An investigation conducted by human rights defender Ucha Nanuashvili found evidence that senior Interior Ministry personnel, in the first instance Deputy Minister Gia Lortkipanidze, were behind the clandestine operation last year to recruit young Chechens living in exile in Europe, train and arm them, transport them to a point in eastern Georgia close to the border with Russia, and then kill them in cold blood and claim the credit for thwarting a purported attempt by Russia to infiltrate Georgian territory. Neither Merabishvili nor Akhalaya has been interrogated in connection with that operation, but Georgian journalists have asked how it could have been undertaken without their knowledge.
An investigation by Georgian human rights defender Ucha Nanuashvili found evidence that that operation was coordinated by Deputy Interior Minister Gia Lortkipanidze.
Human rights activist Giorgi Paresashvili, a former activist for Prime Minister Bidzina Ivanishvili’s Georgian Dream coalition, conducted his own parallel investigation into the death of the Chechen fighters that, he says, established the involvement of Akhalaya, Merabishvili, and Lortkipanidze.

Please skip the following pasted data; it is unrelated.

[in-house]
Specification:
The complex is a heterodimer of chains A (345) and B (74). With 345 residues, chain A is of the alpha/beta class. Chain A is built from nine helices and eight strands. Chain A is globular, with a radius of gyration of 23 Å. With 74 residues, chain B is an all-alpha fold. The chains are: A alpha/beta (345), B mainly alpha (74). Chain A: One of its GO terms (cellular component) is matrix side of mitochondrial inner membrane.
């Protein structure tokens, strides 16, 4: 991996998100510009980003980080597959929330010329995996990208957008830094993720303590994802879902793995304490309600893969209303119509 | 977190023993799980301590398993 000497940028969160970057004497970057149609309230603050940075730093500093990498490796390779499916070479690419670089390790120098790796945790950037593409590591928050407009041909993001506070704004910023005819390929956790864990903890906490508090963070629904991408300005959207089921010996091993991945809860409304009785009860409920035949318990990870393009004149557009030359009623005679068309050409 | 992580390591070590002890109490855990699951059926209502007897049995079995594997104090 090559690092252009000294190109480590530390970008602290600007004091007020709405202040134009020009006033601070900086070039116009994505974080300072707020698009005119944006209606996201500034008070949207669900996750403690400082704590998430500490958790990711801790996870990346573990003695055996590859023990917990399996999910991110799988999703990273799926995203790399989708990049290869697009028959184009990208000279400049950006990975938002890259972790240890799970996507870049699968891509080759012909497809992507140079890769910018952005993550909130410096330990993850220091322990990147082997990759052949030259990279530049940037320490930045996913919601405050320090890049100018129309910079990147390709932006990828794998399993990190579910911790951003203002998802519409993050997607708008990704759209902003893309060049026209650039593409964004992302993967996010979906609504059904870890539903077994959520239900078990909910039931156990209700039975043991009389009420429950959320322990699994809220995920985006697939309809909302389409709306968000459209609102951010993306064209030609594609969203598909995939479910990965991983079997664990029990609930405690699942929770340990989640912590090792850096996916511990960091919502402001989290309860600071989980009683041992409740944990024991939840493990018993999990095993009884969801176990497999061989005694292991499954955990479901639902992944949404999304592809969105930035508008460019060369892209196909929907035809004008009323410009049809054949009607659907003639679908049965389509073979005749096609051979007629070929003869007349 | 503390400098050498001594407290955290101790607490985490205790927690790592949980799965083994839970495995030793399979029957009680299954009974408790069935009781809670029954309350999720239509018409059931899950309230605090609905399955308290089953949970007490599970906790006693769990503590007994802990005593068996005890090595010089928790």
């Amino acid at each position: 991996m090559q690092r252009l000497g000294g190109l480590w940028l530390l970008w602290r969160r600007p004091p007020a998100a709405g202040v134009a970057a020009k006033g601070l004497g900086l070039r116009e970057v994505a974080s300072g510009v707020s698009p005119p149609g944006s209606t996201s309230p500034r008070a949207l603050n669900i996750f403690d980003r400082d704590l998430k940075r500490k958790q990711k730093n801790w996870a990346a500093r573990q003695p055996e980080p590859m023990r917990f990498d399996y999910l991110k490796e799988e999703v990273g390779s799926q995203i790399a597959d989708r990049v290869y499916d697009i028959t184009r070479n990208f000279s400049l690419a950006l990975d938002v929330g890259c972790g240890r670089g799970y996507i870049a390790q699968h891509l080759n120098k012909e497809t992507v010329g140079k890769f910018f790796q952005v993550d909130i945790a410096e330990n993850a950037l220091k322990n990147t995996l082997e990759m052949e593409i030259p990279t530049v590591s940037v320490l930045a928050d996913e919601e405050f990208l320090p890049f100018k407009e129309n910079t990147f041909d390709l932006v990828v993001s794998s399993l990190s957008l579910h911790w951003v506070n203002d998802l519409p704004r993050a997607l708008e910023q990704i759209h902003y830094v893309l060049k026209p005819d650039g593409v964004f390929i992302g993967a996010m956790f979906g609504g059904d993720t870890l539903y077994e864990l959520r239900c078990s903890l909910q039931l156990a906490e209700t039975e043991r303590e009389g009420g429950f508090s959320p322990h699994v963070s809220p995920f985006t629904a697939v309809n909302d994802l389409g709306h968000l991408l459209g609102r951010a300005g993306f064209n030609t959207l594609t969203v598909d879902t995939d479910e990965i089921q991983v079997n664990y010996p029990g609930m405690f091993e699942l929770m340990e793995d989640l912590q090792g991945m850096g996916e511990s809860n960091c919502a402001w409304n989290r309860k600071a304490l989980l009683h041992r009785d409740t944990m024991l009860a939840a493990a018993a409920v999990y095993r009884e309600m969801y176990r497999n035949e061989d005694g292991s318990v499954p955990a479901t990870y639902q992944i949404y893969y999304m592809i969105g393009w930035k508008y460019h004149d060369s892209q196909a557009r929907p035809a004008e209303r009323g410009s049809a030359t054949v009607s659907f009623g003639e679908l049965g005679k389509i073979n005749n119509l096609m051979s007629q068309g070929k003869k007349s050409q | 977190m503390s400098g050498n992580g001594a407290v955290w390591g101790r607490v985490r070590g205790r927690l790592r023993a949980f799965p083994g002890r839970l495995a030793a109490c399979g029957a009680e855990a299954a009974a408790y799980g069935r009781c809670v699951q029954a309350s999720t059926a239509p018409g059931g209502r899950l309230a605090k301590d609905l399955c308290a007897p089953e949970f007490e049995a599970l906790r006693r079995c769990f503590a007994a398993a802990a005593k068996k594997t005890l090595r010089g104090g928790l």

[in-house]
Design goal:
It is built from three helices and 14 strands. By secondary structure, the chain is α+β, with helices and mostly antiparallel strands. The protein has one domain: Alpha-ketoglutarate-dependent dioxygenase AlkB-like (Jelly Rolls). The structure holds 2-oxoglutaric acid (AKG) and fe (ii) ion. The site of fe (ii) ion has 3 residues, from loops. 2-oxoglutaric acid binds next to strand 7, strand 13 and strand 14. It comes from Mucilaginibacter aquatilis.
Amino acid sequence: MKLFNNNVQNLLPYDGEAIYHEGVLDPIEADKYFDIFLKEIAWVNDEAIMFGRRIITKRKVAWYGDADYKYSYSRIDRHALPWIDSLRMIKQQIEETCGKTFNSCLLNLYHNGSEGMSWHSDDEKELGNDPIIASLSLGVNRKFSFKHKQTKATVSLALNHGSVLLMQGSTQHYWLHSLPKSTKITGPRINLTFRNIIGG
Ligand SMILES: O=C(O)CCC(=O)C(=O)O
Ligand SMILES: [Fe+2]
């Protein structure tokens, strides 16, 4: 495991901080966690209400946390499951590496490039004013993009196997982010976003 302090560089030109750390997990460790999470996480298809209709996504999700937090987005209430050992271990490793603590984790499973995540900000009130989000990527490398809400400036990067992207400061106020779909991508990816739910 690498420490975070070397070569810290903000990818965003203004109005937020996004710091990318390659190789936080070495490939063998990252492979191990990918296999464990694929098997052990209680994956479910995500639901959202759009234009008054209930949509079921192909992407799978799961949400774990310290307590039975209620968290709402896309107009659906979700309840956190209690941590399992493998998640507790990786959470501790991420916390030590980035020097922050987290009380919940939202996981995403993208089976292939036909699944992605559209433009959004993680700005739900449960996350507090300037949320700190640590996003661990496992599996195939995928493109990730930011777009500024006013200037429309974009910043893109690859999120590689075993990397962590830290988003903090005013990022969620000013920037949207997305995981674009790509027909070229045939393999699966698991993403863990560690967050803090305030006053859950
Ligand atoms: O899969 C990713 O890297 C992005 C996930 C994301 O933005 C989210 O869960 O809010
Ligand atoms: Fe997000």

First Deputy Interior Minister Gela Khvedelidze was arrested on May 12 on suspicion of having posted to the Internet one week earlier video footage of Paresashvili engaged in sexual intercourse with two other persons.
Paresashvili suggests that Khvedelidze sought to compromise him in a bid to protect Lortkipanidze, who was Khvedelidze’s close friend.
Khvedelidze was elected to parliament in October as a member of Ivanishvili’s Georgian Dream coalition and appointed first deputy interior minister a few weeks later. His attempt to compromise Paresashvili raises the question of whether he, and possibly some Interior Ministry personnel, consider that their loyalty to that agency takes precedence over their party affiliation.